The challenge of integration

When arriving in a new place, whether it be a city, a neighborhood, a new country or a new institution, it’s natural to feel a mix of excitement and apprehension.

Among the many challenges to face, two prove to be very important: building a network and understanding cultural differences.

Build a network

Building a solid social network when arriving in a new place is essential for integration, finding support, discovering new opportunities, and enriching one’s personal life. Investing some time and energy in building these relationships can be one of the best investments you can make for your well-being and success in your new environment.

Reach out and make friends. The other students in your class are probably experiencing the same feelings as you are. Friends can be a vital support network in both your personal and academic life.

  • Get in touch with Agepoly, the EPFL General Student Association, and find out more about their activities.
  • Take advantage of the numerous associations on campus and why not join one of them?
  • CMS or propaedeutic students, contact your coach: they are on hand to help you integrate into university social life.
  • Play sport at the UNIL-EPFL sports service!
  • Take advantage of the activities and get-togethers offered by the EPFL Chaplaincy.
  • Discover the cultural offers provided by the College of Humanities and Social Sciences which aim is to serve as a bridge between scientists, intelligentsia, artists and the general public.

Check the offer from the hosting university.

Understand the cultural differences


View our series on cultural differences! (access through GASPAR login) !

Culture Shock

Many people who travel or live abroad experience “culture shock”. Although its intensity varies from one person to another, most people experience a period of adjustment. It consists of several stages:

1st stage

During the first stage, usually described as the “honeymoon,” most encounters are perceived as exciting and positive.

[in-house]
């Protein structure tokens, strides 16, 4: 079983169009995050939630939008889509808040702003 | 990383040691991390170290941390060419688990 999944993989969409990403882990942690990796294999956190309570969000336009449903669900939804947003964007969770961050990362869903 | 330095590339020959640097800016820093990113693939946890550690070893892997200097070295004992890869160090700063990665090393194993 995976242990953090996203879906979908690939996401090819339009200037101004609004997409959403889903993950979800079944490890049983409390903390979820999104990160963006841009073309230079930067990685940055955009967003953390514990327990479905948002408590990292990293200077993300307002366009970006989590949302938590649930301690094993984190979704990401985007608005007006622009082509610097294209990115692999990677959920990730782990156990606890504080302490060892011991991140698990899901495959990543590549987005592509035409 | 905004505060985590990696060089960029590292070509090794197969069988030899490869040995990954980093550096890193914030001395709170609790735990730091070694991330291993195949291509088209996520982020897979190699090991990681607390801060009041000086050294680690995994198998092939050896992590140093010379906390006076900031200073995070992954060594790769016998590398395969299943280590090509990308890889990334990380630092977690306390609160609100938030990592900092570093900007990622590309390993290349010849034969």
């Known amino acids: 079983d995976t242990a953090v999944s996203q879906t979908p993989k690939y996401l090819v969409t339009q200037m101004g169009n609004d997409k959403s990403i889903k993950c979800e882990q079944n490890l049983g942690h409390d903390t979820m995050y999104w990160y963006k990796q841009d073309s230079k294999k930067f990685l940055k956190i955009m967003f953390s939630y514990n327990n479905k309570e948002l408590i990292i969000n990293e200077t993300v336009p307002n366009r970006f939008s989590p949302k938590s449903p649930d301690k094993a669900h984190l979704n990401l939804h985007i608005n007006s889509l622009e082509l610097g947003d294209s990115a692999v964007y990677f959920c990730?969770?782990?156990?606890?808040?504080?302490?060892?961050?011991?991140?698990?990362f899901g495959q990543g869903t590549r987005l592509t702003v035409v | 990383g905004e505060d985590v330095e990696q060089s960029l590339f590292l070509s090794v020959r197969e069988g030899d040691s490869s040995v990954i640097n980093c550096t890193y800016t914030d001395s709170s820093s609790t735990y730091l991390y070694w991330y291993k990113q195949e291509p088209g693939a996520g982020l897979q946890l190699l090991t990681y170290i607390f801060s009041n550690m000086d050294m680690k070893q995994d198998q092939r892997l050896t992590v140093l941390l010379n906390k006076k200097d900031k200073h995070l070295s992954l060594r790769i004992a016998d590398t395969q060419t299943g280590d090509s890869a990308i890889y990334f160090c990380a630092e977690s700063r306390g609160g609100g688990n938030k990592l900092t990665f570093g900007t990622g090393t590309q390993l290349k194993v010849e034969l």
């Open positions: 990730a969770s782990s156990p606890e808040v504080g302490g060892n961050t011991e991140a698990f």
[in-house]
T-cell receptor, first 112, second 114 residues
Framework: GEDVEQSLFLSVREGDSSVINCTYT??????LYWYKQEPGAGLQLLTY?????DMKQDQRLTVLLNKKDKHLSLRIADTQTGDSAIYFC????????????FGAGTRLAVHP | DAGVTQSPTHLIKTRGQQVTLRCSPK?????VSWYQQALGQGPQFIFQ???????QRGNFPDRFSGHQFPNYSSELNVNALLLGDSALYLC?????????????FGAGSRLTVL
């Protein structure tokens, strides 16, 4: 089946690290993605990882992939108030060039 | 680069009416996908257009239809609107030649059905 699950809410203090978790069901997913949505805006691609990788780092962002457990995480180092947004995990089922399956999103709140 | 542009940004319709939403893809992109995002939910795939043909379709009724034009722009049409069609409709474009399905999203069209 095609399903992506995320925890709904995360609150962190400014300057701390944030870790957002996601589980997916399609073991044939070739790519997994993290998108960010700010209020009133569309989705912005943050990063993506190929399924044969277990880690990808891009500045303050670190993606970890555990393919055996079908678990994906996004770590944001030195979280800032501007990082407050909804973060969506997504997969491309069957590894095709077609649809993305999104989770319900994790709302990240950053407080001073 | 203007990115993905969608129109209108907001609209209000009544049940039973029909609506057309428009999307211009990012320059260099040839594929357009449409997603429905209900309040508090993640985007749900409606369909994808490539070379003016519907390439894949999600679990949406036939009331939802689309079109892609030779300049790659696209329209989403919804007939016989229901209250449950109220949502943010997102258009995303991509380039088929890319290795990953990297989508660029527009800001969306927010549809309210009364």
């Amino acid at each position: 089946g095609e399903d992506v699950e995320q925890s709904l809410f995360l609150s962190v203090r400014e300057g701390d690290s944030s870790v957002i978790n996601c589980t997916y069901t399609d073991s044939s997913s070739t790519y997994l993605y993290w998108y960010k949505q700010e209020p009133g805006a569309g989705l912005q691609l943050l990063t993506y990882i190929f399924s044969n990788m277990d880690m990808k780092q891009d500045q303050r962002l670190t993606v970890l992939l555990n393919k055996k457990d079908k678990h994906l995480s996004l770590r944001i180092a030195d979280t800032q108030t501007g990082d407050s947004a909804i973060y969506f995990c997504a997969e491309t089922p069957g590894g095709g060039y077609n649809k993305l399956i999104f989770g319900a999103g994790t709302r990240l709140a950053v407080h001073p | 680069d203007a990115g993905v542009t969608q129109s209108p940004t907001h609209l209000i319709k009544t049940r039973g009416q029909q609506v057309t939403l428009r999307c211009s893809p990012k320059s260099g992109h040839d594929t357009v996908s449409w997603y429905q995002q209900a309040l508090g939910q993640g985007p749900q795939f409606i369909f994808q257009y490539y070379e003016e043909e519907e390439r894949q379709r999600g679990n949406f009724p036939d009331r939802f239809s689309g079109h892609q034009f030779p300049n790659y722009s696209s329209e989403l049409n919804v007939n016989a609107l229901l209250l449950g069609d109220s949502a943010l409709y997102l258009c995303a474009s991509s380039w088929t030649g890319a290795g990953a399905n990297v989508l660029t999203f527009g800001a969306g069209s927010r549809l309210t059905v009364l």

2nd stage

But in the second stage, known as “culture shock,” foreigners feel a sense of dislocation and general unease. Symptoms include:

  • feelings of anger, discomfort, confusion, frustration or irritability and loss of sense of happiness;
  • withdrawal, spending excessive amounts of time alone, spending time only with people of their community or other foreigners and avoiding contact with locals;
  • negative feelings about the people and culture of the host country;
  • compulsive eating and drinking or a need of a lot of sleep;
  • tiredness, boredom, and an inability to concentrate or work effectively.

3rd stage

During the third and final stage, called “adjustment,” foreigners start to accept their new surroundings and make a compromise between the “honeymoon” and “culture shock” phases.

Be aware that you might experience “reverse culture shock” after living abroad. Be prepared for a period of readjustment when you return to your home country.

Coping Strategies

Here are some suggestions on how to make yourself feel more at home in your new surroundings:

It is not a sign of weakness to admit that you feel uncomfortable, tense or confused.

Try to understand how and why the local people act the way they do. Their behavior and customs may be different from your own, but they are neither better nor worse than what you are used to.

It always helps to understand as much as possible what people are saying. They will appreciate your effort to communicate with them in their language, even if it is just a few simple phrases, and it will make your daily life much easier. Carry a small notebook and write down a couple of new words each day. Use a phrase book to learn the vocabulary you need to cope with real-life situations. Take part in a French course of EPFL’s language center or do a tandem experience.

Take the time to be a tourist and explore the country’s sights.

Getting to know local people will help you overcome cultural differences and understand the country. It will also show you how to be more sensitive to cultural norms and expectations.

Writing home and talking about your experiences and problems can help you sort through them.

Listening to your favorite music or practicing a familiar hobby can boost your spirits when you are feeling homesick.

Try to make the most of your stay and adopt an open mind.

If time is running out and you feel you can’t get out of this delicate phase, don’t hesitate to ask for advice and support from the social consultation.


Social consultation

Social advisors are available to offer you support, work with you to find personalized solutions and refer you to the right specialists if necessary.